Memory Strategies (creating mental linkages, applying images and sounds, reviewing, and employing action)
2) Indirect Strategies:
Compensation Strategies (guessing intelligently, and overcoming limitations)
Social Strategies (asking questions, cooperating with others, and empathising with others)
Affective Strategies (lowering anxiety, encouraging oneâ€Ÿs self, and taking emotional
temperature) (Oxford, 1990, p 17)
This classification of strategies can be considered the most detailed one because of its
headings and subheadings.
2.7 Reading strategies
Reading strategies are defined as readersâ€Ÿ “conscious use” (Nuttall, 1996, p 40) of techniques, operations or steps a learner takes to “conceive a task, what textual cues they attend to, how they make sense of what they read, and what they do when they do not understand” (Block, 1986, p 465). Doing so, readers should be aware of the strategies used and how to control them when they read (Paris et al., 1986, pp 92- 108). L1 reading studies constituted the base of reading studies in general.and the results and procedures were extended to cover L2 studies. Grabe and Stoller (2002) point out that foreign language teachers should assist “students to transfer L1 reading strategies” and to gain “sufficient L2 proficiency” (pp 84, 85).
Studies of L1 reading strategies have usually concentrated on describing and listing the characteristics and strategies that distinguish good readers from poor readers and on the factors or reasons that may affect the reading process.
Olshavsky (1976/1977) studied the effect of reading material and interest in reading strategy use for 24 tenth grade students while they were trying to comprehend a short story. The results revealed that both good readers and poor readers used the same strategies; however, readers with high interest in the material used strategies more frequently than did readers with low interest. In relation to the material, readers used more strategies when engaged in abstract material. Thus, it can be concluded that the kind of material and reader’s interest affect the number of the strategies used.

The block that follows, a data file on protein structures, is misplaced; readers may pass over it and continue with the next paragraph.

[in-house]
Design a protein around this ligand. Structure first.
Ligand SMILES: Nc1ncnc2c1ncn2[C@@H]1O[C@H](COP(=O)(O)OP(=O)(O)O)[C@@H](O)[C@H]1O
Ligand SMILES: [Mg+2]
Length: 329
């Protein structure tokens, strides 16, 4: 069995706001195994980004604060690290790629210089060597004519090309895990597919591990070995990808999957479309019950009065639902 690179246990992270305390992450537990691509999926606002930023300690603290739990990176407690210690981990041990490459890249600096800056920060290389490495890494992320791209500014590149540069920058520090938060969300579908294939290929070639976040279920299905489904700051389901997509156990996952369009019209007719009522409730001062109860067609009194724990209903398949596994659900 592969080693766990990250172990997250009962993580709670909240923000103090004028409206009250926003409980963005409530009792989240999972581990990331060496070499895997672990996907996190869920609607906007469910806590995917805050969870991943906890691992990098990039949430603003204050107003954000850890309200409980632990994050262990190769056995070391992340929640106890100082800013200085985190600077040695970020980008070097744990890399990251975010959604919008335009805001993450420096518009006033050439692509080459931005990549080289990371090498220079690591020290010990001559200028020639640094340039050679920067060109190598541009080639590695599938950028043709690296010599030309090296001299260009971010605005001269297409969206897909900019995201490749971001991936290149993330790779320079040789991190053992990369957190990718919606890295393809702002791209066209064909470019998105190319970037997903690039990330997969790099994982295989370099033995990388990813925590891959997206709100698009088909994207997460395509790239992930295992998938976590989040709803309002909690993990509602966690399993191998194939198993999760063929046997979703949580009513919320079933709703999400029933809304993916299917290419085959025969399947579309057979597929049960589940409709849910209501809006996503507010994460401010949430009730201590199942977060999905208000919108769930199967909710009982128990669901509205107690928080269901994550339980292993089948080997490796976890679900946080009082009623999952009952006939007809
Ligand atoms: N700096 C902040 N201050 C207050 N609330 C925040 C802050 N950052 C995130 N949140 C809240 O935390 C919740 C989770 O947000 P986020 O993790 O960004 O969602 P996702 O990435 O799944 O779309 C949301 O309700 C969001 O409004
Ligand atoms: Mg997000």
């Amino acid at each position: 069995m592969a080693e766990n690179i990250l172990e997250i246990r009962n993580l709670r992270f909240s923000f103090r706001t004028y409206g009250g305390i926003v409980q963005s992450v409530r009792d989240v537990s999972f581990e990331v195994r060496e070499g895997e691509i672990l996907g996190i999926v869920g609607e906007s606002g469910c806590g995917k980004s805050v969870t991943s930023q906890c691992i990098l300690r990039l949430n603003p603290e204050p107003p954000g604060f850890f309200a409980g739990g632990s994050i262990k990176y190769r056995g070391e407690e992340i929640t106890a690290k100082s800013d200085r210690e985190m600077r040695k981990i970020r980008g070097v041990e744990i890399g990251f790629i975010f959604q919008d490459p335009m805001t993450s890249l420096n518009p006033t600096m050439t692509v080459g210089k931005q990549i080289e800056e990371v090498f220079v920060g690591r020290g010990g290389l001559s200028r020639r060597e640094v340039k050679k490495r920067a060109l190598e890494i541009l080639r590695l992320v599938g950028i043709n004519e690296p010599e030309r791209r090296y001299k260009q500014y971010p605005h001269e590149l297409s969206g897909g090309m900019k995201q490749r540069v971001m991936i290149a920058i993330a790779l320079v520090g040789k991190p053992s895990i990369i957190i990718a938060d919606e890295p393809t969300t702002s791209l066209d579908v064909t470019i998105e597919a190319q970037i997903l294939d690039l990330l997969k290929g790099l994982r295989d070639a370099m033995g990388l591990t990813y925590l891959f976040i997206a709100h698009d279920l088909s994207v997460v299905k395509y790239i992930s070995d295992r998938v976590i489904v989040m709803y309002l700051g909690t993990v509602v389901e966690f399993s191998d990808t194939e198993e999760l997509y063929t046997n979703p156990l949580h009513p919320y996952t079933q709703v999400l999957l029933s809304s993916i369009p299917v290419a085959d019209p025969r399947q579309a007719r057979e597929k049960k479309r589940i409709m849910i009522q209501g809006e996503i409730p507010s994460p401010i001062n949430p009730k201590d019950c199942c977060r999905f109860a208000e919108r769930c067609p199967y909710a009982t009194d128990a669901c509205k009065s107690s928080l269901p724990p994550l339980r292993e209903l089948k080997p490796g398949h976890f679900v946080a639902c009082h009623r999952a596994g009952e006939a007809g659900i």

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Hosenfeld (1977) compared the strategies used by good readers and poor readers. The subjects were 40 students out of the 210 students who administered MLA-Cooperative Test of Reading Proficiency in Western New York. Twenty of the subjects scored high (32-45), and the other twenty scored low (13-19). The researcher concluded that good readers are characterised by keeping the meaning of the passage in mind as they read, reading in broad phrases, skipping words that are considered unimportant and unknown, looking up words, correctly, in the glossary as a last resort, and having a positive self-image as a reader. This study reveals that good readers are strategic and make use of their working memory. Some studies investigated certain strategies rather than describing the general characteristics of the reader. Kavale and Schreiner (1979) compared the way reasoning strategies were used by
eight average and eight above-average readers who were selected from sixth grade population in a suburban public elementary school based on their scores in the Comprehension section of the Gates-MacGinitie Reading Test. Although the two levels used similar strategies, above- average readers used strategies more efficiently and successfully. Moreover, they realised that the above-average readers used strategies flexibly and sought alternatives when they needed to. In this study, it seems that the difference between the readers is not the number or kind of strategies used rather it is a matter of efficiency and flexibility. Studies also investigated the use of a group of strategies to achieve one purpose.